Finding a new home – After treatment, this was vital for my sobriety. Thanks to my uncle John taking a chance on me, I was able to have a fresh start in a new town. I got to be the new “me”, not the “me” that everyone used to know. We see in Mark 6 that even Jesus couldn’t do a mighty work in His hometown because their lack of belief in Him. I think this is true for an addict as well. They need a new start, and for most of us this means not going back home.

Replace how you spend your newfound free time - Using drugs is a full time job. Don’t believe me? Ask anyone who has ever been strung out. You have to hustle up your money (stealing, lying, etc). Then you have to find a dealer who has the stuff, arrange to meet them somewhere, only then make the actual deal (the whole time looking over your shoulder hoping to not get arrested or robbed). Only then do you actually get to use. Then begins the lying to family and friends about how you’re not high, or you did something else with the money. After this, you are forced to immediately start the process all over again; the process to be repeated day after day after day. Obviously, once you are sober, you have A LOT of free time that you didn’t have before. You know what they say, “idle hands is the devil’s workshop”. Find ways to be positive with this time. Get a hobby, volunteer helping others, JUST STAY BUSY!

Surround yourself with positive people – As an addict we like hanging around people that make us feel better about ourselves. We hang around people who are extra scummy so that we don’t feel quite as bad about ourselves all the while thinking, “at least I’m not as bad as that guy”. Ironically, we inevitably end up being just as bad as they are in the end. Instead, hang around positive people. Try to be like them. Do what they do. They will also be able to hold you accountable.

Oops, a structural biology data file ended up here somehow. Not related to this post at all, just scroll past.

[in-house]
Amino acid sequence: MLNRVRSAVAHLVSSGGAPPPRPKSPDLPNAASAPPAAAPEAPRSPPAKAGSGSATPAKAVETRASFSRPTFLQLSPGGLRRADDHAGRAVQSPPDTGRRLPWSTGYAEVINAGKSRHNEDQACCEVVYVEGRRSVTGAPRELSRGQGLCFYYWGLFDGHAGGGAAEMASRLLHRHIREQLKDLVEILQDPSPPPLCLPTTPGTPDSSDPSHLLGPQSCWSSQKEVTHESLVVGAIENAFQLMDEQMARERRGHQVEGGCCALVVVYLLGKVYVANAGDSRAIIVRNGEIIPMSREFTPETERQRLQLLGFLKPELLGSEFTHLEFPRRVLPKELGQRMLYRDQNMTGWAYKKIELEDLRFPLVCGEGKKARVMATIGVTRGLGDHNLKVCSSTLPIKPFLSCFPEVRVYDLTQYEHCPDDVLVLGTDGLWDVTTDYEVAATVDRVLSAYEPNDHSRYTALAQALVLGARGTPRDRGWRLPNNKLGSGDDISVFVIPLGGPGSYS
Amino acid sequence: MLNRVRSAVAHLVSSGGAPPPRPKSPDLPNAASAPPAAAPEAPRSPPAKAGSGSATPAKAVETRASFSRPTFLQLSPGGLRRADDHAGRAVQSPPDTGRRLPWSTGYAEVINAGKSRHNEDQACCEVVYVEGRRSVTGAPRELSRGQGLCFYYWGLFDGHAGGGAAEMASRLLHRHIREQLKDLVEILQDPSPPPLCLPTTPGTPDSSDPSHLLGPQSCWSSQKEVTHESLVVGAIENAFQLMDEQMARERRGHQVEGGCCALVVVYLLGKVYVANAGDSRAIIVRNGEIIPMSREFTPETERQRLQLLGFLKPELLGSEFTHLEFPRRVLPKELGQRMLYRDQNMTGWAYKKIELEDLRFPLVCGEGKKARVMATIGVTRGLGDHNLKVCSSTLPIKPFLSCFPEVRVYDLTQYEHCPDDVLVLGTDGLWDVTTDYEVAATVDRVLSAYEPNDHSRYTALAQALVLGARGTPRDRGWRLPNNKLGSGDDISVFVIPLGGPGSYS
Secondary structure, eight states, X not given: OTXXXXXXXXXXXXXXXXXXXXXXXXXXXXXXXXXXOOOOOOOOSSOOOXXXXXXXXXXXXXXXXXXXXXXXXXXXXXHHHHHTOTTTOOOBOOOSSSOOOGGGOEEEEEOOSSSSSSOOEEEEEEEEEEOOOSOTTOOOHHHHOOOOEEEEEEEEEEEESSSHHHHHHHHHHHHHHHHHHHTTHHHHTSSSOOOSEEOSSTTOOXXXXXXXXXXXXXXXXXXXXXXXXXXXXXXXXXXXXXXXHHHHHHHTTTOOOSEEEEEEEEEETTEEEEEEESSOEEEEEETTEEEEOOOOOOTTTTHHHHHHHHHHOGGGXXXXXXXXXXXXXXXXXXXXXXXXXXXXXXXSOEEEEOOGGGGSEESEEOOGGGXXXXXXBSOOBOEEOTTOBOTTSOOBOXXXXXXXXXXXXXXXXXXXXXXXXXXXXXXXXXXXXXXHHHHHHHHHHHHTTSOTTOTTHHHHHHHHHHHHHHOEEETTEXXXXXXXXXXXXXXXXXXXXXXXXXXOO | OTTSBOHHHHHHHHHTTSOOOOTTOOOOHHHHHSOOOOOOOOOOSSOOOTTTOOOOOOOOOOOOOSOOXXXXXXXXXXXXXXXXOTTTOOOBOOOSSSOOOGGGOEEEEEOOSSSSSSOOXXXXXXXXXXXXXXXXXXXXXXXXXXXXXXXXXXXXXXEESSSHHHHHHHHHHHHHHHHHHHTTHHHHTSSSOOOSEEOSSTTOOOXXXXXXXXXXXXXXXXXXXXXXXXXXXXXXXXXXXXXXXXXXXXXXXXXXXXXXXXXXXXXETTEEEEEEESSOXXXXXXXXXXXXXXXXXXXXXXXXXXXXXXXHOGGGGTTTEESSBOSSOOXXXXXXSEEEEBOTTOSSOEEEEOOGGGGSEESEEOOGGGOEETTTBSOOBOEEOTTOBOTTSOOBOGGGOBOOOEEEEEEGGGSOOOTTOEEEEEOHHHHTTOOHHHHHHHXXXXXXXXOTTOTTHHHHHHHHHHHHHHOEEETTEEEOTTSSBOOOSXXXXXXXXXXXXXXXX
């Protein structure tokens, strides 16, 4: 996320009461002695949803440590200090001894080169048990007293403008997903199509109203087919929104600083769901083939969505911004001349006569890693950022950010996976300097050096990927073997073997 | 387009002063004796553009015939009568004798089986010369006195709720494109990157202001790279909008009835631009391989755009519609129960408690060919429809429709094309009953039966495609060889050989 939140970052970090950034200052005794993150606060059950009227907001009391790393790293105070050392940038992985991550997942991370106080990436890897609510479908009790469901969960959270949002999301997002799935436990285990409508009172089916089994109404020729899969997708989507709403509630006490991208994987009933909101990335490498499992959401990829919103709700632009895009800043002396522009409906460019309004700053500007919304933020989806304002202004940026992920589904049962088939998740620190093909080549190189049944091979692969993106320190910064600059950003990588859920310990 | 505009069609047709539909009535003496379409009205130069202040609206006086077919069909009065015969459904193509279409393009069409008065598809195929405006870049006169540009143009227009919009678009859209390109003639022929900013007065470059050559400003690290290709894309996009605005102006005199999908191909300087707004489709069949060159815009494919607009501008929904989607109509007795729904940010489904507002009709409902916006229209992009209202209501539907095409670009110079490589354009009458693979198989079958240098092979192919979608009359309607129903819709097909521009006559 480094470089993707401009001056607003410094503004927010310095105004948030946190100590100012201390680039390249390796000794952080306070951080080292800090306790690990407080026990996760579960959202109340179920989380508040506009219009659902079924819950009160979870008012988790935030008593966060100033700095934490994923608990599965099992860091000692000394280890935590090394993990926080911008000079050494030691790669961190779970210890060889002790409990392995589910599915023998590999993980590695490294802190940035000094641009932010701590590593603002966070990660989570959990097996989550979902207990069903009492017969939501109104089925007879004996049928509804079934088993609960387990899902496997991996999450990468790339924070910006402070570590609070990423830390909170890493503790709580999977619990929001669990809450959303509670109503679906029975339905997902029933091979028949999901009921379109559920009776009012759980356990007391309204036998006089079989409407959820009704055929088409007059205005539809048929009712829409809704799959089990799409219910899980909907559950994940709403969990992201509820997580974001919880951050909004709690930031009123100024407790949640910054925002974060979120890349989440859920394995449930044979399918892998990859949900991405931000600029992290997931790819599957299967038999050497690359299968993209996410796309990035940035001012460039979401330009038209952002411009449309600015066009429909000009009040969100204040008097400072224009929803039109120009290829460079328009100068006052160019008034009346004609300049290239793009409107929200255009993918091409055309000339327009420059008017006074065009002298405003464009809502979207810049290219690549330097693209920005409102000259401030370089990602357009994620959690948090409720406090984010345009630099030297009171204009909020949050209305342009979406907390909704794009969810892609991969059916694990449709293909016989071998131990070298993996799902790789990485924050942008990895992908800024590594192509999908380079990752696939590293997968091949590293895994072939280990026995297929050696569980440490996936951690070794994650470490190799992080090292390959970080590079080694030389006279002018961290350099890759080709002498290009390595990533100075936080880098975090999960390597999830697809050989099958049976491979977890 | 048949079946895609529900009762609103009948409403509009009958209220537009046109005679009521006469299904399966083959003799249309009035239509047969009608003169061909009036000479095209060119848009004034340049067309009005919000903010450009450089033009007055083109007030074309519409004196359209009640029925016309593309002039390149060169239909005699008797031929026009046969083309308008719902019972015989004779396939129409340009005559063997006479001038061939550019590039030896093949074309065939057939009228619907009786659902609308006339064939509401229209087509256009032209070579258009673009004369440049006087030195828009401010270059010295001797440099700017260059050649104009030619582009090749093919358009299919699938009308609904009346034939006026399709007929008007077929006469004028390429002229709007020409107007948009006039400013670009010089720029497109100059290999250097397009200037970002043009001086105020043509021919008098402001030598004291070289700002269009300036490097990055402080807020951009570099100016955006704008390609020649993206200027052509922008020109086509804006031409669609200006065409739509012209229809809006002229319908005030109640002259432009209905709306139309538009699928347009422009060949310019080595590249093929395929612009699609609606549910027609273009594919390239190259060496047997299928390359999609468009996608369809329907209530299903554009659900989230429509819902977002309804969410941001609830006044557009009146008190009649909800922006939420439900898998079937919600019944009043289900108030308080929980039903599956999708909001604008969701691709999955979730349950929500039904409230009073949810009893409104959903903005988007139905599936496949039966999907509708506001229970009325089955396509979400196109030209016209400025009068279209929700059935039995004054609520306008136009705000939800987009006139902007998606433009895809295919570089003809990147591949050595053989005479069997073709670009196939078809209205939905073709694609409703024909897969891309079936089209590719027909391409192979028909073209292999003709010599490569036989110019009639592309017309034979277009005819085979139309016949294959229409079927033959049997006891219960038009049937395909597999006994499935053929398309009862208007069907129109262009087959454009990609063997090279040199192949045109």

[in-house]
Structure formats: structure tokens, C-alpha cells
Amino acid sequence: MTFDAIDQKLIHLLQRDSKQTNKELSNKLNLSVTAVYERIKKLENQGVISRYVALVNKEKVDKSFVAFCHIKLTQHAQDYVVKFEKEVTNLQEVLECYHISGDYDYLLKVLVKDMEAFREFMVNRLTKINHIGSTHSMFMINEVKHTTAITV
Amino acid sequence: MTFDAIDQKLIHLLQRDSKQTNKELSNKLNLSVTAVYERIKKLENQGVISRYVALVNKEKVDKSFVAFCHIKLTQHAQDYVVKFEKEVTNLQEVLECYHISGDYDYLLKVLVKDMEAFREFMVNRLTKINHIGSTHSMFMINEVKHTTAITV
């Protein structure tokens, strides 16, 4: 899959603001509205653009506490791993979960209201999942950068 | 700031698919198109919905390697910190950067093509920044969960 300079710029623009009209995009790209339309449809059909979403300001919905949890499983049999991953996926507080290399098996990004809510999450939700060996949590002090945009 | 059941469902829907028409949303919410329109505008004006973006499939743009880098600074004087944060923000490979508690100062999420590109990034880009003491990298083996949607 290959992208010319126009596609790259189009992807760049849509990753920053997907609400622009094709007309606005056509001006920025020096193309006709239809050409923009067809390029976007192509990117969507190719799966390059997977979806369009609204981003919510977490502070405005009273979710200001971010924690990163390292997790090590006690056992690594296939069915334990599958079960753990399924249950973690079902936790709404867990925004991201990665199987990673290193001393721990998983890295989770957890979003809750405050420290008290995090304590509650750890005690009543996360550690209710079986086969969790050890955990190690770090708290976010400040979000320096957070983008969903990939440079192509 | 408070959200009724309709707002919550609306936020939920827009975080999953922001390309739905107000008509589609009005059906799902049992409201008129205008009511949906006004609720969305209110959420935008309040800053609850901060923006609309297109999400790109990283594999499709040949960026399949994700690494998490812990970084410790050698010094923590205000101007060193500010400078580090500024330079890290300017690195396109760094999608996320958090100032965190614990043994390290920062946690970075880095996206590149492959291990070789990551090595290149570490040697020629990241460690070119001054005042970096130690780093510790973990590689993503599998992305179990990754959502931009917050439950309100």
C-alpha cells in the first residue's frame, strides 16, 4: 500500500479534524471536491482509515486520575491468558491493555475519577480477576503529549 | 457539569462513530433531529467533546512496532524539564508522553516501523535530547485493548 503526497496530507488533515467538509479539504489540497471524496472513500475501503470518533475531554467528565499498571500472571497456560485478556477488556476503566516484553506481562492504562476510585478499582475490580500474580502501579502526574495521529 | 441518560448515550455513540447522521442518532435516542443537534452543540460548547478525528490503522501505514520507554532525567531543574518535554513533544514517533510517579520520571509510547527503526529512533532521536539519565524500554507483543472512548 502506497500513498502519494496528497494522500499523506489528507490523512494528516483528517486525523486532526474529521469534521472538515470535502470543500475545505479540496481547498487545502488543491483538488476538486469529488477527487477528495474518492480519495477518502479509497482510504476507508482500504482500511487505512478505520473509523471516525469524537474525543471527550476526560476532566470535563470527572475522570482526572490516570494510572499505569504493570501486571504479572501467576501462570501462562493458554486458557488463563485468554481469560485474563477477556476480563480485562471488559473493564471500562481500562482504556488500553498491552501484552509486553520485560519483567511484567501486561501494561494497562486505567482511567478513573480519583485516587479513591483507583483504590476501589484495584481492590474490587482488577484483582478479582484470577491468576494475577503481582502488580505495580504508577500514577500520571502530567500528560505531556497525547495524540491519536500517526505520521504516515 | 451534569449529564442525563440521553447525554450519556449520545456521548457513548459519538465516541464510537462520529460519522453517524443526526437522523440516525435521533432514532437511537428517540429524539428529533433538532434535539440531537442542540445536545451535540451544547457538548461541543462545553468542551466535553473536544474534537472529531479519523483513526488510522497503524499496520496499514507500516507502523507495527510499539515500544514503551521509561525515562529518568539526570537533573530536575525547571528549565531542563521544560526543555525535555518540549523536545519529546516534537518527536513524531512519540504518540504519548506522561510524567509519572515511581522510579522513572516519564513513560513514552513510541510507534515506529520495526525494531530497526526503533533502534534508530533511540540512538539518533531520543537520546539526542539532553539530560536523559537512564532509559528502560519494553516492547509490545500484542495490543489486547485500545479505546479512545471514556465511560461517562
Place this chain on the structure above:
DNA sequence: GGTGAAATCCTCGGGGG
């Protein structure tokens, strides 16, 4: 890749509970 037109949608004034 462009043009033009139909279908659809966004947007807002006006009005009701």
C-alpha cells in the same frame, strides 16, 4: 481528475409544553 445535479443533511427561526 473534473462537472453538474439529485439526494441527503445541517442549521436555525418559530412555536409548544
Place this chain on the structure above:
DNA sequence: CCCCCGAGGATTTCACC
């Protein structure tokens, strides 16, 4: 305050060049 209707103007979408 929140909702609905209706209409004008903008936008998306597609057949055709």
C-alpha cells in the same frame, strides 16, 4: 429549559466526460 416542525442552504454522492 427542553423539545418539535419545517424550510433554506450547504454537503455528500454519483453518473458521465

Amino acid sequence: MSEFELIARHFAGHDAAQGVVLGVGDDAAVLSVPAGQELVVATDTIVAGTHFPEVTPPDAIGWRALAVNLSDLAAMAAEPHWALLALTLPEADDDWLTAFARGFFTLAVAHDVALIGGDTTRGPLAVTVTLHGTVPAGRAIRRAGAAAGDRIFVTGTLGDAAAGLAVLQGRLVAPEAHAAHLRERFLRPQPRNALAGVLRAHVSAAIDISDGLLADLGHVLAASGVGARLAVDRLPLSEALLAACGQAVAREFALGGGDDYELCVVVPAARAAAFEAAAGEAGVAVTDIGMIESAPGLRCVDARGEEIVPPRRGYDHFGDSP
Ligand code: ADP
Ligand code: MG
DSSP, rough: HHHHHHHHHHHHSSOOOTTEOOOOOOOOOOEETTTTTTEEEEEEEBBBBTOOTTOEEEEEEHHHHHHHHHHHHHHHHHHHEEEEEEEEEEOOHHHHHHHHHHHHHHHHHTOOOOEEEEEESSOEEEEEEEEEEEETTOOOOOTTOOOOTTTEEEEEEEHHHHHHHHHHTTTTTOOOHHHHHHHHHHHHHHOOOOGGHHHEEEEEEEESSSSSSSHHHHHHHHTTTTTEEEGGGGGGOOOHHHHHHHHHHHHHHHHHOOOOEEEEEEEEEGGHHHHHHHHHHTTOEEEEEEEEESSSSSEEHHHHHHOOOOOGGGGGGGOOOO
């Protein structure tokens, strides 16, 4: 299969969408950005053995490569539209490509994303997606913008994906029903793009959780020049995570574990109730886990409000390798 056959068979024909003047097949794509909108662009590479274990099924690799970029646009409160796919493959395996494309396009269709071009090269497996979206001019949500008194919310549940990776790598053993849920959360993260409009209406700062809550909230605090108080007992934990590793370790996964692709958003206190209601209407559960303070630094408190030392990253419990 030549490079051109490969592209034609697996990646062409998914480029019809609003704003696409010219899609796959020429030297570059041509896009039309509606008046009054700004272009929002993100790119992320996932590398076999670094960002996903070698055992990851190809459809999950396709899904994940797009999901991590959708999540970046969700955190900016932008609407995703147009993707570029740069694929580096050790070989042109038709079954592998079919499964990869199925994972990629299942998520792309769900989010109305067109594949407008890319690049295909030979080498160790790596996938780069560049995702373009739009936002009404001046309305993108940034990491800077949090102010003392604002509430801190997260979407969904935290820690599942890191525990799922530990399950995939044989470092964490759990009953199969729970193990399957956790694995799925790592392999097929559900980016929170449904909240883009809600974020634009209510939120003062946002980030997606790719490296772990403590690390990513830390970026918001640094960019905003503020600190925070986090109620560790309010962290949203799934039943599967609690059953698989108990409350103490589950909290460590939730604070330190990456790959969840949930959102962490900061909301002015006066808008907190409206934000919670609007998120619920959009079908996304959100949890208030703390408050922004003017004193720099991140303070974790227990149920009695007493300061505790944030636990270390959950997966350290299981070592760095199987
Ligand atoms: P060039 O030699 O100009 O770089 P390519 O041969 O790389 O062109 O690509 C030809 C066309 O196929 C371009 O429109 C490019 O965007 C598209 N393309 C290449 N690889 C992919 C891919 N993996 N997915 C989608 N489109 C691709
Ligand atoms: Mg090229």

You must have a new mind – If you are going to have a new decision making process this is a must. Sound crazy? Romans 12:2, “Do not conform to the pattern of this world, but be transformed by the renewing of your mind. Then you will be able to test and approve what God’s will is—his good, pleasing and perfect will.” Simply put, this is saying that when we present ourselves to God our minds can be changed; we can have a new way of thinking.

You must be a new person – If you are going to have this new mind, you must be a whole new person. Sound crazy? 2 Corinthians 5:17, “Therefore if anyone is in Christ, he is a new creation. The old has passed away, behold the new has come.” This tells us that when we come to Christ we are a new person; we aren’t the person we once were…